Running that will return the following results:

What about male actors who are English or American. Easy! Let's adjust our earlier command to include the Americans:

For that query, we'll see the following results:

## Step 4 : Sorting Records

What if we want to sort records, say by first name or nationality? Similar to SQL, Mongo provides the sort command. The command, like the find command takes a list of options to determine the sort order.

Unlike SQL, however we specify ascending and descending differently. We do that as follows:

• Ascending: -1
• Descending: 1

Let's have a look at an example:

This example retrieves all male, English or American, actors and sorts them in descending order of nationality.

What about sorting by nationality in descending order and name in ascending order? No problem at all! Take a look at the query below, which is a modified version of the last one we ran.

This time we retrieve the following results et:

You can see that this time Arnold Schwarzenegger is placed before Tony Curtis.

## Step 5 : Limiting Records

What if we had a pretty big data set (lucky us, we don't) and we wanted to limit the results to just 2? Mongo provides the limit command, similar to MySQL and allows us to do just that. Let's update our previous query and return just 2 records. Have a look at the following command:

From that command, we'll get the following results:

If we wanted the third and fourth records, i.e., skip over the first two? Once again, Mongo has a function for that. Have a look at the further customisation of the previous command:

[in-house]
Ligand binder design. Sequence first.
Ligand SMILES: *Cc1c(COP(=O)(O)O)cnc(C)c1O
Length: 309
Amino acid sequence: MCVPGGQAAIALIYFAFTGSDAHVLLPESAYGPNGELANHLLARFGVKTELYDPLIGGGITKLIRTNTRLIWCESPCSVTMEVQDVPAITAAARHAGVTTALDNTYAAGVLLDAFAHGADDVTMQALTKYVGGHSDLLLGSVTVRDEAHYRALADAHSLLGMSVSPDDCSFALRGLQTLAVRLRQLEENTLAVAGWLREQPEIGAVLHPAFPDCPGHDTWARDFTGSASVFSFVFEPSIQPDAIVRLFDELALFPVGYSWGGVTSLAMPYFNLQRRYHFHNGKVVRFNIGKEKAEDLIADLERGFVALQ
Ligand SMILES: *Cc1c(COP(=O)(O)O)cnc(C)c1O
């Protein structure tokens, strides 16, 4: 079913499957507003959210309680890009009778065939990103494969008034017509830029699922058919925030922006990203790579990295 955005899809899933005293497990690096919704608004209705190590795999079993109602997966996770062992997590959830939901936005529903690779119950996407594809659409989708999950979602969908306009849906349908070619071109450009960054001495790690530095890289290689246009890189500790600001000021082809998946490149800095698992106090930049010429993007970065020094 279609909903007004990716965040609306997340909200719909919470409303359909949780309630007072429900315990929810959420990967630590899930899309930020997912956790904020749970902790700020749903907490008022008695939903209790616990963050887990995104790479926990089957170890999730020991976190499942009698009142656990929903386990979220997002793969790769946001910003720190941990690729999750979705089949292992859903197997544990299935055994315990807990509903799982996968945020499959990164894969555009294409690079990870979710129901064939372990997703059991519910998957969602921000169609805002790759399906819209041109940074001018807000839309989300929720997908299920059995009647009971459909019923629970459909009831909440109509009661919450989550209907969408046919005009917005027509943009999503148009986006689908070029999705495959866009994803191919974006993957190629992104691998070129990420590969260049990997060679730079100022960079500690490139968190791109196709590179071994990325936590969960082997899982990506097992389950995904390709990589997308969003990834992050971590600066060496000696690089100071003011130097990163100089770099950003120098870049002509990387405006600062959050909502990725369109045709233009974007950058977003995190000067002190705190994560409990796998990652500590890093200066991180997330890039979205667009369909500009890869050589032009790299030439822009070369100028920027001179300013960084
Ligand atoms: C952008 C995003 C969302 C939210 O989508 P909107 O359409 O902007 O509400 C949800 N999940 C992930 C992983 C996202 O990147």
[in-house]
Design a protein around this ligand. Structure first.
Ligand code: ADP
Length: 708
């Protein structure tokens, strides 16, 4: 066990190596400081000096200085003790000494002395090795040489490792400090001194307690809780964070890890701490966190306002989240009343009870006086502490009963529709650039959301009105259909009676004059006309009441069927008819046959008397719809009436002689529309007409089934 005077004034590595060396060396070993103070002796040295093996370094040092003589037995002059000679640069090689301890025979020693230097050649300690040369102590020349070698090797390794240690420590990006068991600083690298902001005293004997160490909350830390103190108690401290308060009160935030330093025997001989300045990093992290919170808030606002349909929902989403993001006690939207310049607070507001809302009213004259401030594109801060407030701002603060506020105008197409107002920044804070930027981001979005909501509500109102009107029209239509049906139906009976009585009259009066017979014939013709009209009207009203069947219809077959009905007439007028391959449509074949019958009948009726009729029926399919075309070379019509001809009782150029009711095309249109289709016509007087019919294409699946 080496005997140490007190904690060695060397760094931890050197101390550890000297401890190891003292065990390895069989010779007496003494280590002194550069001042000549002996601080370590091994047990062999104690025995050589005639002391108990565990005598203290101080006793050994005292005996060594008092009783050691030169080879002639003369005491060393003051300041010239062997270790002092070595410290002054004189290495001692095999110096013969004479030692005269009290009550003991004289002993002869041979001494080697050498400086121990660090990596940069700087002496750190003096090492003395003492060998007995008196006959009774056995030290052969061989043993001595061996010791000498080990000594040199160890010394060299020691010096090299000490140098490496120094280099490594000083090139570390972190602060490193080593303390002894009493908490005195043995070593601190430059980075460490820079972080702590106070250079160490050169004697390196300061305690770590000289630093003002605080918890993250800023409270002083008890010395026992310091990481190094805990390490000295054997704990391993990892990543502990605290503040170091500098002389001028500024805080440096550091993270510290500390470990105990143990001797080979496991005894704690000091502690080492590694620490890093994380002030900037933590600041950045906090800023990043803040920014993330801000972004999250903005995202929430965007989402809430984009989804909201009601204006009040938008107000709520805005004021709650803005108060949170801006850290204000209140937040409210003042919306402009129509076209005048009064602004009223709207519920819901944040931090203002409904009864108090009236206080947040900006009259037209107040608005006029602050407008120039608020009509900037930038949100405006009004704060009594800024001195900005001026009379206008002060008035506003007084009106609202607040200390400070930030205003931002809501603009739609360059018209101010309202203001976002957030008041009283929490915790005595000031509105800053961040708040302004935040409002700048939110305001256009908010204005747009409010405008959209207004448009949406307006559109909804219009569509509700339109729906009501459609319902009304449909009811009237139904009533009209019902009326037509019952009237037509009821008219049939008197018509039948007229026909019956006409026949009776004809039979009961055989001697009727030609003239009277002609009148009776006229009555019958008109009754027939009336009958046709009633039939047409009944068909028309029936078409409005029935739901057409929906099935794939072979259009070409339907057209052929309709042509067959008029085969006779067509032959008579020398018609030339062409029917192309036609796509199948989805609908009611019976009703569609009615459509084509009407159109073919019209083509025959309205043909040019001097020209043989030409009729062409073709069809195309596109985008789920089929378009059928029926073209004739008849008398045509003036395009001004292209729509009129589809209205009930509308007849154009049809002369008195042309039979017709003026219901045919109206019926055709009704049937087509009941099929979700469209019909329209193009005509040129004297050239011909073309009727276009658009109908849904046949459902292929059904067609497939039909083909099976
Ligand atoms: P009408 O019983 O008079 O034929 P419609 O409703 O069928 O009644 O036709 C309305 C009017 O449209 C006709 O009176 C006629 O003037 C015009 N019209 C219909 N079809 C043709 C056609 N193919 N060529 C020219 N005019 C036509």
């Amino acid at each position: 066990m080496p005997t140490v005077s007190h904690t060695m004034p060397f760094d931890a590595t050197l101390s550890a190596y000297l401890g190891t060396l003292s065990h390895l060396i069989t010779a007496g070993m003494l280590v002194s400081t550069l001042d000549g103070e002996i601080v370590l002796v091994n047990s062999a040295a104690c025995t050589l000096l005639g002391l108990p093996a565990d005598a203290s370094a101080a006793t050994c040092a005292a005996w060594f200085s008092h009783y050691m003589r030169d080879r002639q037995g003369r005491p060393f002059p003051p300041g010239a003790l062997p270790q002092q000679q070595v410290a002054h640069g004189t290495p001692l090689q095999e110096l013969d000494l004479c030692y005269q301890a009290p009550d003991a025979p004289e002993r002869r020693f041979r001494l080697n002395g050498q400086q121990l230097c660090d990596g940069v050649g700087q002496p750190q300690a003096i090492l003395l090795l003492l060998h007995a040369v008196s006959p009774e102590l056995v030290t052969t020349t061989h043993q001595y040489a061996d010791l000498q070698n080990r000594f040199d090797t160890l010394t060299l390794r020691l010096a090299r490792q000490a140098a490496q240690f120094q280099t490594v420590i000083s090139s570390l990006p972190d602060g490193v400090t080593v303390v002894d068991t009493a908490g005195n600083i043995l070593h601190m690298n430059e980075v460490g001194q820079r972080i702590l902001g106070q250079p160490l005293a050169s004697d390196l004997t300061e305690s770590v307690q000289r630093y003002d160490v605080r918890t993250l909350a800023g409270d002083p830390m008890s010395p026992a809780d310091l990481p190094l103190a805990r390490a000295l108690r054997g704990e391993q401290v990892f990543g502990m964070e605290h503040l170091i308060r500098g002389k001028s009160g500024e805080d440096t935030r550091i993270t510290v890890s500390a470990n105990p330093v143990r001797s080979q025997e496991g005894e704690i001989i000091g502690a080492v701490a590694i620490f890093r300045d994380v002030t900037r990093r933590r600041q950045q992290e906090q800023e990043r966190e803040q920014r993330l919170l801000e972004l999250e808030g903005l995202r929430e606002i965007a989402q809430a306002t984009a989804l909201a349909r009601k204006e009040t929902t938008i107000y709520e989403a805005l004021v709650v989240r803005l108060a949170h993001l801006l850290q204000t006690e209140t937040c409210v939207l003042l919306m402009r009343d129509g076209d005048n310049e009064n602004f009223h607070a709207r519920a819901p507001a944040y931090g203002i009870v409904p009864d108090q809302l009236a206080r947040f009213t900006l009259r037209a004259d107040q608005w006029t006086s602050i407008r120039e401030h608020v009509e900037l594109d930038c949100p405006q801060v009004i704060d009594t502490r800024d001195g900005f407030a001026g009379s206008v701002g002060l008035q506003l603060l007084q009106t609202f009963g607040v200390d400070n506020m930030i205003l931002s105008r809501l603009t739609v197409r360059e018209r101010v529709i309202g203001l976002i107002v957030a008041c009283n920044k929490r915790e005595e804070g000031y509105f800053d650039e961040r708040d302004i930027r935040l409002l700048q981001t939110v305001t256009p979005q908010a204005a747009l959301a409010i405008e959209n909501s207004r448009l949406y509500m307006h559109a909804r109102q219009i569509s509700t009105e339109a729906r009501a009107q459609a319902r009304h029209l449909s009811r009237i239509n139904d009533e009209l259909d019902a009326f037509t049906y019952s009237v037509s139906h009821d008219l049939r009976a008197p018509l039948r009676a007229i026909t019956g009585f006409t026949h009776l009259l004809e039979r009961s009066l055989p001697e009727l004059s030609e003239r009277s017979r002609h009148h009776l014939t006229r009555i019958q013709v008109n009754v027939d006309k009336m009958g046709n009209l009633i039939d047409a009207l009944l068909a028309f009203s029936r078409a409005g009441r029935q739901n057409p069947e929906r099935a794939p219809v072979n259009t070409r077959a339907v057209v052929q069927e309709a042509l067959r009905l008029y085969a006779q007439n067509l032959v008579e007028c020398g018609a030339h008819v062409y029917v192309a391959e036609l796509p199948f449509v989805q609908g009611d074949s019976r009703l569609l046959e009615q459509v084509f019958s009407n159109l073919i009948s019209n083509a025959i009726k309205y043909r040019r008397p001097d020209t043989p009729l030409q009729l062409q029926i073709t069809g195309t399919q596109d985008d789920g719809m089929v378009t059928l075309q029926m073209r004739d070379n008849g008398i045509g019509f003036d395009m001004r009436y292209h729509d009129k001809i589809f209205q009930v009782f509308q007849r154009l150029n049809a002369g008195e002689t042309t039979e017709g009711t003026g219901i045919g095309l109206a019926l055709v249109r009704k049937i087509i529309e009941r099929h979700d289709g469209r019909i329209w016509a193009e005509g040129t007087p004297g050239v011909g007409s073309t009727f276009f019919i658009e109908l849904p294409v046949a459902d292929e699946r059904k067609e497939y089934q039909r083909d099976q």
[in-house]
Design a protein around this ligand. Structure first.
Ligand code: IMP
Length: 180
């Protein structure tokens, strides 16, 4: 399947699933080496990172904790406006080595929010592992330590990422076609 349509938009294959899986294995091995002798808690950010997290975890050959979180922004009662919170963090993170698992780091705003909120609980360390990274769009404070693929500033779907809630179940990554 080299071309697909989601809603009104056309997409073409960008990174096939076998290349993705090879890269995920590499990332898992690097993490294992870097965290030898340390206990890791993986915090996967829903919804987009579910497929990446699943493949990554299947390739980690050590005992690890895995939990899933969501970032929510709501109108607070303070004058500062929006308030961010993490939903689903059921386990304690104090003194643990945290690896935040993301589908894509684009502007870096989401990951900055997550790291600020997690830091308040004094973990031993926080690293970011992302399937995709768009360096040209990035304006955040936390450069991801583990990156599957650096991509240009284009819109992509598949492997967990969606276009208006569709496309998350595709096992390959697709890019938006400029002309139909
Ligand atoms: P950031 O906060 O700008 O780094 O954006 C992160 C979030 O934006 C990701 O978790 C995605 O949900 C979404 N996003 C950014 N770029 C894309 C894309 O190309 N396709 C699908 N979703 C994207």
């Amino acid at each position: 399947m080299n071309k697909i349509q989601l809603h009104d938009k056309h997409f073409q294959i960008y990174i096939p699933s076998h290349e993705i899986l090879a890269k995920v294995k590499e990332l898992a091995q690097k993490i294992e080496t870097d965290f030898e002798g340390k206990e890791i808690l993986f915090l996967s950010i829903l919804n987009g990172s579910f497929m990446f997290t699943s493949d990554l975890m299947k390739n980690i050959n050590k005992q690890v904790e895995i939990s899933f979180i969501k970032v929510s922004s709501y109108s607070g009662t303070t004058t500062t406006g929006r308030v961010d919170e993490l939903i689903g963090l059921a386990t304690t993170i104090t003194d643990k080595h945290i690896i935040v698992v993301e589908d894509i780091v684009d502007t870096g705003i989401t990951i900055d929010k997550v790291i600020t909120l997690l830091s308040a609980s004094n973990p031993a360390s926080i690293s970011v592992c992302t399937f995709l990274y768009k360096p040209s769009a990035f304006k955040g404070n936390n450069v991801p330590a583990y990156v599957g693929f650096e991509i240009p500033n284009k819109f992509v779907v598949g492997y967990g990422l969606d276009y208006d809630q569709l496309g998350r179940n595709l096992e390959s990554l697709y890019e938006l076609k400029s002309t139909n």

Running that will return the following results:

You can see from the original result set that the first two were skipped.

## Step 6 : Updating Records

As expected, Mongo provides an option to update records as well. As with the find method and SQL queries, you need to specify the criteria for the record that you want to modify, then the data in that record that's going to be modified.

Let's say that we need to update the record for James Caan specifying that his hair is grey, not brown. Well for that we run the update function. Have a look at the example below:

Now when you run that, if all went well, there won't be anything to indicate whether it was a success or failure. To find out if the record was update properly, we need to search for it. So let's do that.

After this you will see the following result:

This shows that the update worked. One word of caution though, if you don't pass in the \$set modifier, then you will replace the record, if it's available, instead of updating it. Be careful!

## Step 7 : Deleting Records

I think by this stage, you have really started to get the idea of working with Mongo. That's right, if you want to delete a record, you have to pass in a set of selectors, as you also would with SQL, to determine the set of records to delete. If you don't do this, you will delete all records – and the database.

So, let's say that we don't want James Caan in our list of actors. Let's remove him from the database using the following command:

As with update, no visible output is provided to indicate whether we were successful or not – so let's do a search to double check.

After this, you should see no results returned. If that's what you've found, then we've successfully deleted James Caan from our database. But what if we want to delete all the records from the database?

Well, to do that, just remove the selectors from the previous call to remove, as below.

After running both commands above, we'll see no output, indicating that the database, with all records have now been removed.

## Conclusion

In this rapid introduction to using MongoDB we looked at:

• What Mongo is
• How to install it
• How to create, find, update and delete records